The concept of coworking has been around for a while now. It seems to make sense. Bring people together who need office space. Let them work and network in one place. It’s like the concept of a studio for the artist. It’s good to have a place other than your living room to work and it doesn’t hurt if it’s a space you actually enjoy going to.
Coworking has become especially popular in Berlin. Startups who don’t have large enough teams to justify renting out a space make use of the shared offices. International teams newly arriving do the same. And freelancers and creative people use the spaces to meet other like-minded people and, as one says, “get shit done”.
Besides the well-known spaces like Oberholz, Factory and Ahoy (which we’ve checked out here) there are a few new players in town. I visited them to find out how coworking is changing in Berlin and what it says about how the city is transforming.
Mindspace is smack dab in the middle of Mitte, the center of Berlin. It’s surrounded by upscale restaurants and hotels. It is nothing like the small 20sqm café-cum-coworking space on my street in Neukölln. It’s big, clean and on top of a shopping center. Space is rented for a minimum of one month. It’s open 24/7 and a private office space for four is over 1500 Euro per month.
Arriving at Mindspace I note how different the feel is from many other coworking spaces I’ve visited. There are more people in professional attire and it’s much more quiet. That’s not to say the space that opened in April this year isn’t being used – its expansion this coming Monday proves it is – but the atmosphere is different. It’s more upmarket, more sophisticated, ‘less Berlin’ – or is it?
We’ve written about Berlin’s injection of capital. With London leaving the EU, forecasts have Berlin as the next main European startup hub. German companies must stay lean to survive while simultaneously checking out their competition and connecting with innovators. One example? Hyundai’s row of offices at Mindspace. As Berlin changes, Mindspace seems to meet the need for a regenerated, more focused, less hipster startup scene. One member told me he chose Mindspace for this exact reason. It got its start to Tel Aviv and is looking to expand. And yet, something about it is still distinctly Berlin. There’s tree stumps for stools on the big terrace facing Museum Island. And Radiohead’s “Everything in its right place” is spray painted on a wall.
Looking for WeWork I got lost amongst tourists in Potsdamer Platz. When I entered the space – boasting a beautiful view over the Reichstag and Tiergarten – I immediately felt a New York buzz. Monocle and the Humans of New York book sat in the lobby. It was buzzing with a pop-up lunch service by Beets & Roots and people with suitcases and dogs chatted loudly on their phones. A TV screen advertised a WeWork retreat in the Adirondacks. WeWork is an even further cry from the coworking spaces I know.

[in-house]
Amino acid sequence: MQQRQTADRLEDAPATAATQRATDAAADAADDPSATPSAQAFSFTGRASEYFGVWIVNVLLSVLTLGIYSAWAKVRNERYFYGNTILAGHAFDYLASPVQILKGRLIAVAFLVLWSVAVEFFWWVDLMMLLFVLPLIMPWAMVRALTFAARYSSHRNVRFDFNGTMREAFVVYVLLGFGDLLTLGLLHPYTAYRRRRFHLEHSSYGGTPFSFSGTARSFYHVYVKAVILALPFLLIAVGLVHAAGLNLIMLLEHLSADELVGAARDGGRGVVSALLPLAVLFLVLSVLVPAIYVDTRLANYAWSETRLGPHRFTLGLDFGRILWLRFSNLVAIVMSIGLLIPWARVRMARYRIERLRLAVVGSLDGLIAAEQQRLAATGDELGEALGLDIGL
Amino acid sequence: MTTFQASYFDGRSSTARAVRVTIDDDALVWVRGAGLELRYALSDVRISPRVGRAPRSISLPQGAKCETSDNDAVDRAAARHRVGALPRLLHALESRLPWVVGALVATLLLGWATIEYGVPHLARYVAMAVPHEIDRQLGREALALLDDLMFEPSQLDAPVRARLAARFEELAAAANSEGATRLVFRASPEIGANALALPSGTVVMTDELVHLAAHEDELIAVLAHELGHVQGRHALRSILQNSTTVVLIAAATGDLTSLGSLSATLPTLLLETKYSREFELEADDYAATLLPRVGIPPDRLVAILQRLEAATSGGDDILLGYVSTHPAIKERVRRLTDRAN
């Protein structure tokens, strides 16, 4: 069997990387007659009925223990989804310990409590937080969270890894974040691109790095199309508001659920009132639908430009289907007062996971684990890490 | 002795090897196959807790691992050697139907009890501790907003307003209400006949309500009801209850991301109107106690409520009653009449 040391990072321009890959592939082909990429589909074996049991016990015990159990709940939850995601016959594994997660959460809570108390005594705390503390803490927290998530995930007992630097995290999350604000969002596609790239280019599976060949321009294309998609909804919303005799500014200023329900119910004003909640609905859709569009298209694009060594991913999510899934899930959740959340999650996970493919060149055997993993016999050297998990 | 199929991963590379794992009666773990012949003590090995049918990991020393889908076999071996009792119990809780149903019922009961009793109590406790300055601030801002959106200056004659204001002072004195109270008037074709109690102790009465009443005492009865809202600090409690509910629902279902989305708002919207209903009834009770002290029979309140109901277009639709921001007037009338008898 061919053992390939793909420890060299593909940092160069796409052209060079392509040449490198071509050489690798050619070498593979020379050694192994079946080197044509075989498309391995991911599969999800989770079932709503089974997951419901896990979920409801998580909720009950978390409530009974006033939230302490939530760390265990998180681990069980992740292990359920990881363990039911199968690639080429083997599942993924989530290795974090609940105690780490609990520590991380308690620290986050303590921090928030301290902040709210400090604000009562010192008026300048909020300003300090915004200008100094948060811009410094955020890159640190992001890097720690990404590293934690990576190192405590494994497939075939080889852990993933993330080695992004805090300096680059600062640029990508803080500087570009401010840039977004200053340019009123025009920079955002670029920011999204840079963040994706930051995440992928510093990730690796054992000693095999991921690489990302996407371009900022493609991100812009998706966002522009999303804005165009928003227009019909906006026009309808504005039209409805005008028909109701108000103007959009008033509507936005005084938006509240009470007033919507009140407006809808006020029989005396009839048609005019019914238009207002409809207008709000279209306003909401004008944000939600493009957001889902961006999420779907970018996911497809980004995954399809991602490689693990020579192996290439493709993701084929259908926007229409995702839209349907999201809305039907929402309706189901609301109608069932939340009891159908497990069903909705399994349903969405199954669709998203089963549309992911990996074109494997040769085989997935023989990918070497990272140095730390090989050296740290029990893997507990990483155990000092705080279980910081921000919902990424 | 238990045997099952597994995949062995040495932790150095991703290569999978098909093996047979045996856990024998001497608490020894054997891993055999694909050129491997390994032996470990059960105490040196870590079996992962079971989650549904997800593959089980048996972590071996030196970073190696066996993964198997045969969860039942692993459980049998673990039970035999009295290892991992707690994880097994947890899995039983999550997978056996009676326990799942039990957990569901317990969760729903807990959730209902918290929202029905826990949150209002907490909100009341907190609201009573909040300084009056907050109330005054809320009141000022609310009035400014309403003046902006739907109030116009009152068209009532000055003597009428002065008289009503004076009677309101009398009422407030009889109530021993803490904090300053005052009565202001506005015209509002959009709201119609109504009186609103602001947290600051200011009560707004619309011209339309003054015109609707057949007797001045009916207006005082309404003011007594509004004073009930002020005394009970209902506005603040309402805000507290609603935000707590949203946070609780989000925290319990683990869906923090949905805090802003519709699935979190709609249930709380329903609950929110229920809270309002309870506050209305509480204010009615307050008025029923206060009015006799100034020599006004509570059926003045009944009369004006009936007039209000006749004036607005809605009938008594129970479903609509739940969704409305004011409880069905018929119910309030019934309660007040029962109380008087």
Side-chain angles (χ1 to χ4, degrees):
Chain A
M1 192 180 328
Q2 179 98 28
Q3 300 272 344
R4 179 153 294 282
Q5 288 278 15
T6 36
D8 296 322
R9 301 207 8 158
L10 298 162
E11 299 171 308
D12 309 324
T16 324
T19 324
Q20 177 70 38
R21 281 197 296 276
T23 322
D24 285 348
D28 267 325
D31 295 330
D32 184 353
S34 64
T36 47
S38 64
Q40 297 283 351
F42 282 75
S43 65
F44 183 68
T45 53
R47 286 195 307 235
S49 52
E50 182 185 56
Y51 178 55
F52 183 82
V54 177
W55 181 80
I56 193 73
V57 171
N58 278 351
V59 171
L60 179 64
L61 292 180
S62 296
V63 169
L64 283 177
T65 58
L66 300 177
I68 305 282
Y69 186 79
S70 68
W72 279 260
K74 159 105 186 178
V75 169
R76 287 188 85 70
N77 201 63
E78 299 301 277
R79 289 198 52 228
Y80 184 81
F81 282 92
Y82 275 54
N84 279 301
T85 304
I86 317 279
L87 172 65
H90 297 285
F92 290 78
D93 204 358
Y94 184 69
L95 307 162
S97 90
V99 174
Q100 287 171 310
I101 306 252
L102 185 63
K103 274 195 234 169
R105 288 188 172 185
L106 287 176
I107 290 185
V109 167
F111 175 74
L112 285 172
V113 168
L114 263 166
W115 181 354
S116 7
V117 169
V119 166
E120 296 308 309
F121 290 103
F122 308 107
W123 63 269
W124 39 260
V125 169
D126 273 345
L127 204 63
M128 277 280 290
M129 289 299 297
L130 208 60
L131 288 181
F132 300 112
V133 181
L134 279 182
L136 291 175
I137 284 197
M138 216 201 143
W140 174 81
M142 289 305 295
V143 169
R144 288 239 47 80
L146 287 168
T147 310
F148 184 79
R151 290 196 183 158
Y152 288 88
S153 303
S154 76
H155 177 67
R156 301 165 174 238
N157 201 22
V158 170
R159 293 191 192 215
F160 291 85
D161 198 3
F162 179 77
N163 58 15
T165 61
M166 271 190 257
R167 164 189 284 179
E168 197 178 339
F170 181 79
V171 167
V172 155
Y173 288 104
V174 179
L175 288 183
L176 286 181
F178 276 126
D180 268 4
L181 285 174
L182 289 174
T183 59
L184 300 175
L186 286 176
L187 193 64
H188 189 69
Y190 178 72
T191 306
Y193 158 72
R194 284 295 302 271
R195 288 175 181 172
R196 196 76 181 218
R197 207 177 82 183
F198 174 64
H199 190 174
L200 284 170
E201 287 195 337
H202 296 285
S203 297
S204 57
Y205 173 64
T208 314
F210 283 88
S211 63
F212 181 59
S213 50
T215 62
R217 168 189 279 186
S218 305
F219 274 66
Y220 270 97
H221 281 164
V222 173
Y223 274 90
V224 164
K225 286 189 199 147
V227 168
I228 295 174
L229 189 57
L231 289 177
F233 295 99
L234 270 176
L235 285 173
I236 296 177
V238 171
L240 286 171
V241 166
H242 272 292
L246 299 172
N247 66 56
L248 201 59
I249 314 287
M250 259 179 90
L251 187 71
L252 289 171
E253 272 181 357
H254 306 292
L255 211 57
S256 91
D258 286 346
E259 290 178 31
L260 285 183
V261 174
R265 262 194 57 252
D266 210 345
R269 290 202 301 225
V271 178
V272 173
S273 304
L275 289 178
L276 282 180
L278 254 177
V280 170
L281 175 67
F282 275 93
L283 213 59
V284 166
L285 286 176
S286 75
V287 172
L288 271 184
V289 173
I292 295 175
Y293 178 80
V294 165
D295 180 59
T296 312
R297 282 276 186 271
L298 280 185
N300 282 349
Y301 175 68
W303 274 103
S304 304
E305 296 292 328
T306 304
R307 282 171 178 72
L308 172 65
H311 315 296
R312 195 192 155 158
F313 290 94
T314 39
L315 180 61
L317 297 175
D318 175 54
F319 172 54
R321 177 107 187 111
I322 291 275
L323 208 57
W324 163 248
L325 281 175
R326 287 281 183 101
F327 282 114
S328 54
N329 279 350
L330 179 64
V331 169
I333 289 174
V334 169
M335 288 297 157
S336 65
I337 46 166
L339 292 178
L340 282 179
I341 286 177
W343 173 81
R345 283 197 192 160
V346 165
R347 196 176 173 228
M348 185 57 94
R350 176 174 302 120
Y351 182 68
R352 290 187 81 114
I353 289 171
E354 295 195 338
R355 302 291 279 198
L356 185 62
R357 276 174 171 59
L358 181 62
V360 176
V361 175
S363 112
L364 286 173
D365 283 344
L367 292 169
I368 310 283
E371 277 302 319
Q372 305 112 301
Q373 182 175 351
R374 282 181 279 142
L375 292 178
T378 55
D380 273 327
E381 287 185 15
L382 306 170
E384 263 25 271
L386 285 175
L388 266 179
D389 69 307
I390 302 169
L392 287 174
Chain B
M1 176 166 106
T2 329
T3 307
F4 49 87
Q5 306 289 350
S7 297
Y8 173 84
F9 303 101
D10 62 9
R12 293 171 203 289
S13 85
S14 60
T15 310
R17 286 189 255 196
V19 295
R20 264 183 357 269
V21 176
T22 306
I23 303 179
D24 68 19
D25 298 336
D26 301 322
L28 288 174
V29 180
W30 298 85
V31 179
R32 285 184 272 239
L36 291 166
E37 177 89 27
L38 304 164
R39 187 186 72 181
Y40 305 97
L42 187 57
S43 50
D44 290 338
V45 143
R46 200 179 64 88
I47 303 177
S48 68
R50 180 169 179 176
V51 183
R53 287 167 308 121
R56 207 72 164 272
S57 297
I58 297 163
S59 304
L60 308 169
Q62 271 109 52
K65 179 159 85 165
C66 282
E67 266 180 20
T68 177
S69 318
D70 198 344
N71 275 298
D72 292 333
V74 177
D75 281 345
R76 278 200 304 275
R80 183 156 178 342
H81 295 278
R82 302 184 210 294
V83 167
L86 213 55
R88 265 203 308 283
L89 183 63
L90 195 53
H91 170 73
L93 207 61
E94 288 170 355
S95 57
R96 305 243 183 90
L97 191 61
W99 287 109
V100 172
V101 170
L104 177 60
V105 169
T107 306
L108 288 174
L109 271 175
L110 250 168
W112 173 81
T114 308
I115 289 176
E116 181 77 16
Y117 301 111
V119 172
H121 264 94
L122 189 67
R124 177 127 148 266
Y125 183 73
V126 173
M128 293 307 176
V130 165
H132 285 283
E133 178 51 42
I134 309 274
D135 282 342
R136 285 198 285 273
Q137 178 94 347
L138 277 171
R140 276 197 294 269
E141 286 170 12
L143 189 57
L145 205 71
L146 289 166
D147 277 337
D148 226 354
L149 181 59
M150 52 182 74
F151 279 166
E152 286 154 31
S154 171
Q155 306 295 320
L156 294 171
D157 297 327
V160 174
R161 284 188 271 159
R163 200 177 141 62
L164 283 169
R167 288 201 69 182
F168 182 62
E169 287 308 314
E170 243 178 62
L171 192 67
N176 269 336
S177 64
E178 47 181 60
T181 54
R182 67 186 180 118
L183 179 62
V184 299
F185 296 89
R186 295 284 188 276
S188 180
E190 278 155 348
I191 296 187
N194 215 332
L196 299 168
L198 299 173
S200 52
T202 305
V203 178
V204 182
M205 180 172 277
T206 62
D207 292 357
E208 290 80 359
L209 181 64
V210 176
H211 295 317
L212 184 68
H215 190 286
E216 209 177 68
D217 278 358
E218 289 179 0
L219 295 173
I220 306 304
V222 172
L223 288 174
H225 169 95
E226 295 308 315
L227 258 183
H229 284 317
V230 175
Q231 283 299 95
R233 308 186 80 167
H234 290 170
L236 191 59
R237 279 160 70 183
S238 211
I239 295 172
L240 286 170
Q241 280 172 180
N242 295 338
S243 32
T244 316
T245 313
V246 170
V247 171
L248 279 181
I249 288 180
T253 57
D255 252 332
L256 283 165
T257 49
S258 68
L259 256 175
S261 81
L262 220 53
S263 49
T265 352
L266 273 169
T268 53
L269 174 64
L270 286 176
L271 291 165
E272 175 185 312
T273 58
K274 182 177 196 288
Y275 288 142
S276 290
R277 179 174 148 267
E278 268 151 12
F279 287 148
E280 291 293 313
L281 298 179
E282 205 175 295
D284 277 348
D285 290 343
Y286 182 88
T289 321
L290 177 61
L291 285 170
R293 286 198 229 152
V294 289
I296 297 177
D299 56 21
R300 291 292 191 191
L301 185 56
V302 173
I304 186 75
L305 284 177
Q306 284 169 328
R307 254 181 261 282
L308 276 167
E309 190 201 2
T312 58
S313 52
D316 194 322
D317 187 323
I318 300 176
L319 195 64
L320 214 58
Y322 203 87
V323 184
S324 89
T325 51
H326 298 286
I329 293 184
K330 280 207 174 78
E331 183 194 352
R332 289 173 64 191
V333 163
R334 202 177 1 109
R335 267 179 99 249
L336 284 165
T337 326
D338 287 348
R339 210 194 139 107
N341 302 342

The space opened in May. Now, over 800 people work share the communal space. It’s full to capacity and they’ve already got another space in Berlin under construction. On the doors signs hang that read “Hustlers at work”. It’s hard not to feel the commercialism. Though its mandate is providing a sense of community, that’s exactly what I felt was missing.
But I was only there for a few hours. Members of WeWork seem to be spellbound. And is it a step in the wrong direction? Probably not. It depends on who makes up the company and their preferred way of working. If it’s an American startup expanding to Berlin, why not emulate the work culture of the founding team? If the WeWork brand and ethos inspires you, why not let it? If you want to take a break from work and shop a popup stall, go for it.
On the other hand, there is Holzmarkt on the Spree. It is a “citizen-initiated” cooperative space and in contrast to Mindspace or We Work, it’s not a glass-walled cubicle but a whole village. Holzmarkt’s aim is to create a unique urban neighborhood and coworking is just one part of that. There are residences, a garden, a club, music and recording studios and a “Kidz Klub”. As they say, it is not about property and possession on the Holzmarkt. So, while sharing a similar aim as the other spaces – to foster creativity, cooperation – it’s execution is different. The nightclub was the “stimulus and source of inspiration” so you can draw your own conclusions from that. Holzmarkt seems to represent all the free-spiritedness of Berlin, which seems to be under threat. But will the WeWork’s swallow it up?
It’s hard to say but judging from the number of small, independent coworking spaces popping up, I think it’s unlikely. Cheaper prices and less central locations will keep attracting younger companies with new projects. While you probably won’t find a small jewellery startup at WeWork, the companies are still collaborating somewhere else.
Berlin is still Berlin
While Berlin might be changing fast and coworking a sign of its changes, its obvious that these spaces serve such a wide variety of people. You are free to be New York-style founder, suitcase in hand and networking enthusiastically. You can hop on a shared bike and head to an investor meeting in shorts. You can sit out on the canal and meet sculptors and dancers. There’s freedom. And in the end, isn’t that what Berlin is all about?